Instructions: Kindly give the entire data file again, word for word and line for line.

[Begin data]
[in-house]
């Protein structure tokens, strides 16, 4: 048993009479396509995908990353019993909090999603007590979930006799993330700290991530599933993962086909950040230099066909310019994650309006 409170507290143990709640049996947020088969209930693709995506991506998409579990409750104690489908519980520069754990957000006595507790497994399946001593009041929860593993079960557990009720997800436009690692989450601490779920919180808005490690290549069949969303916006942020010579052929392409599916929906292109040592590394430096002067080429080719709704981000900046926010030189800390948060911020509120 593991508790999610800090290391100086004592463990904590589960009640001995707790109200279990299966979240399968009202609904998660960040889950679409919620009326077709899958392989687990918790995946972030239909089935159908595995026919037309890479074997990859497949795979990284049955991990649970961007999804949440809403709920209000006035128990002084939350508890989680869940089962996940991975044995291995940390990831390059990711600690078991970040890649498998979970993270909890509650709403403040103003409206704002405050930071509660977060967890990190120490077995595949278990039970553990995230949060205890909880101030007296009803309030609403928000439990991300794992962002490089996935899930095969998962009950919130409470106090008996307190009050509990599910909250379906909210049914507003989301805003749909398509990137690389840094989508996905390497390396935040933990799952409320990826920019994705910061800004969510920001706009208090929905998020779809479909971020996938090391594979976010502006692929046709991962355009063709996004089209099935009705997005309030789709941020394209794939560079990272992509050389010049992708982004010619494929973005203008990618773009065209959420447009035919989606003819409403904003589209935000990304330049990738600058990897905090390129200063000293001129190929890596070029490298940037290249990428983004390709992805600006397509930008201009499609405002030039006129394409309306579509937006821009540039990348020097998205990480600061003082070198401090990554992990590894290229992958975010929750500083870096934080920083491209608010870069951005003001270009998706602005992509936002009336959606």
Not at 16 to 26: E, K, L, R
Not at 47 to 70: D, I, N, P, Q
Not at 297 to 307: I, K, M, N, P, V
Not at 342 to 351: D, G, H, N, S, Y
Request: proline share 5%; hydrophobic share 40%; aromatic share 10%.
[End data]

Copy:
[in-house]
């Protein structure tokens, strides 16, 4: 048993009479396509995908990353019993909090999603007590979930006799993330700290991530599933993962086909950040230099066909310019994650309006 409170507290143990709640049996947020088969209930693709995506991506998409579990409750104690489908519980520069754990957000006595507790497994399946001593009041929860593993079960557990009720997800436009690692989450601490779920919180808005490690290549069949969303916006942020010579052929392409599916929906292109040592590394430096002067080429080719709704981000900046926010030189800390948060911020509120 593991508790999610800090290391100086004592463990904590589960009640001995707790109200279990299966979240399968009202609904998660960040889950679409919620009326077709899958392989687990918790995946972030239909089935159908595995026919037309890479074997990859497949795979990284049955991990649970961007999804949440809403709920209000006035128990002084939350508890989680869940089962996940991975044995291995940390990831390059990711600690078991970040890649498998979970993270909890509650709403403040103003409206704002405050930071509660977060967890990190120490077995595949278990039970553990995230949060205890909880101030007296009803309030609403928000439990991300794992962002490089996935899930095969998962009950919130409470106090008996307190009050509990599910909250379906909210049914507003989301805003749909398509990137690389840094989508996905390497390396935040933990799952409320990826920019994705910061800004969510920001706009208090929905998020779809479909971020996938090391594979976010502006692929046709991962355009063709996004089209099935009705997005309030789709941020394209794939560079990272992509050389010049992708982004010619494929973005203008990618773009065209959420447009035919989606003819409403904003589209935000990304330049990738600058990897905090390129200063000293001129190929890596070029490298940037290249990428983004390709992805600006397509930008201009499609405002030039006129394409309306579509937006821009540039990348020097998205990480600061003082070198401090990554992990590894290229992958975010929750500083870096934080920083491209608010870069951005003001270009998706602005992509936002009336959606």
Not at 16 to 26: E, K, L, R
Not at 47 to 70: D, I, N, P, Q
Not at 297 to 307: I, K, M, N, P, V
Not at 342 to 351: D, G, H, N, S, Y
Request: proline share 5%; hydrophobic share 40%; aromatic share 10%.